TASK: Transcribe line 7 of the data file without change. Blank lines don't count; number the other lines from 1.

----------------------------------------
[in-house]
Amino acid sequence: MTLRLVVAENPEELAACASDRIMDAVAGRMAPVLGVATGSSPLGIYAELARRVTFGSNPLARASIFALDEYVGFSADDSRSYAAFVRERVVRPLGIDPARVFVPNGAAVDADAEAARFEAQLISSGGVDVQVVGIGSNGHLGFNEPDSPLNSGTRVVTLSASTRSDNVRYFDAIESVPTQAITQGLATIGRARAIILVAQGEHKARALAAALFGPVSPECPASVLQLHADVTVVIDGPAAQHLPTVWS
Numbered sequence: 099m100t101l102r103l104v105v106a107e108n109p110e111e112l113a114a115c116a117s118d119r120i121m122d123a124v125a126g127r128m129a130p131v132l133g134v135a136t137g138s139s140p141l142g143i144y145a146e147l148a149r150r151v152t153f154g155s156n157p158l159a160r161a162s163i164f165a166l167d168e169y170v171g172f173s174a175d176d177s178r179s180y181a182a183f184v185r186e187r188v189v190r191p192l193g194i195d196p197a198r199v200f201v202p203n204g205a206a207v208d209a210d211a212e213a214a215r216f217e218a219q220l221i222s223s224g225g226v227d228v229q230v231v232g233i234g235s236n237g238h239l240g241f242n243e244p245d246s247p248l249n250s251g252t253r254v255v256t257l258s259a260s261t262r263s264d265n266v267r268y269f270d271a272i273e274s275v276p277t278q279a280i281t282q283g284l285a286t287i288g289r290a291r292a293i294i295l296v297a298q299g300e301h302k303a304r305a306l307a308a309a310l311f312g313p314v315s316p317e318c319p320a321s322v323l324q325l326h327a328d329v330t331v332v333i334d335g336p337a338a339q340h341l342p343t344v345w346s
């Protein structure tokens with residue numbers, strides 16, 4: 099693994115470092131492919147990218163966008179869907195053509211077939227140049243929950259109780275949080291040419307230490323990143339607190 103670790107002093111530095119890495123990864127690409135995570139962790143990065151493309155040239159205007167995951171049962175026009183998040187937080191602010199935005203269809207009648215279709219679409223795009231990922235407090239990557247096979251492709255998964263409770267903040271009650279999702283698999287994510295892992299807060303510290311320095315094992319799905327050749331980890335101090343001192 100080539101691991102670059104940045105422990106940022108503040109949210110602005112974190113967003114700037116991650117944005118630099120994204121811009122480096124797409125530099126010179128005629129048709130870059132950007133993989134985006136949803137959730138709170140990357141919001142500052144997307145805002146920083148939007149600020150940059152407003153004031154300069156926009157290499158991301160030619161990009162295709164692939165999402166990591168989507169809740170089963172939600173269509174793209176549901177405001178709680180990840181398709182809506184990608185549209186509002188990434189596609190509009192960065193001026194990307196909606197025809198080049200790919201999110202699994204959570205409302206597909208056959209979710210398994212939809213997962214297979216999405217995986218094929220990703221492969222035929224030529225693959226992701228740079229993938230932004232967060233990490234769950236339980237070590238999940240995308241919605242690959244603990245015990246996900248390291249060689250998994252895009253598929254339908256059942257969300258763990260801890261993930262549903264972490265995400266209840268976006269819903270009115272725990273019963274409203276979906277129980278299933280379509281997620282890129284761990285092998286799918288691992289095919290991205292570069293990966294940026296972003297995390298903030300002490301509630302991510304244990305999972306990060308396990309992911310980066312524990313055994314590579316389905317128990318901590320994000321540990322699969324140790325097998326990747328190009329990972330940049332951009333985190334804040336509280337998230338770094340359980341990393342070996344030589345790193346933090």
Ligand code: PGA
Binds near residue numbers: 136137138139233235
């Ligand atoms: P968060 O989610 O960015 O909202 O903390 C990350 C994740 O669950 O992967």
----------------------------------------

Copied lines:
């Ligand atoms: P968060 O989610 O960015 O909202 O903390 C990350 C994740 O669950 O992967």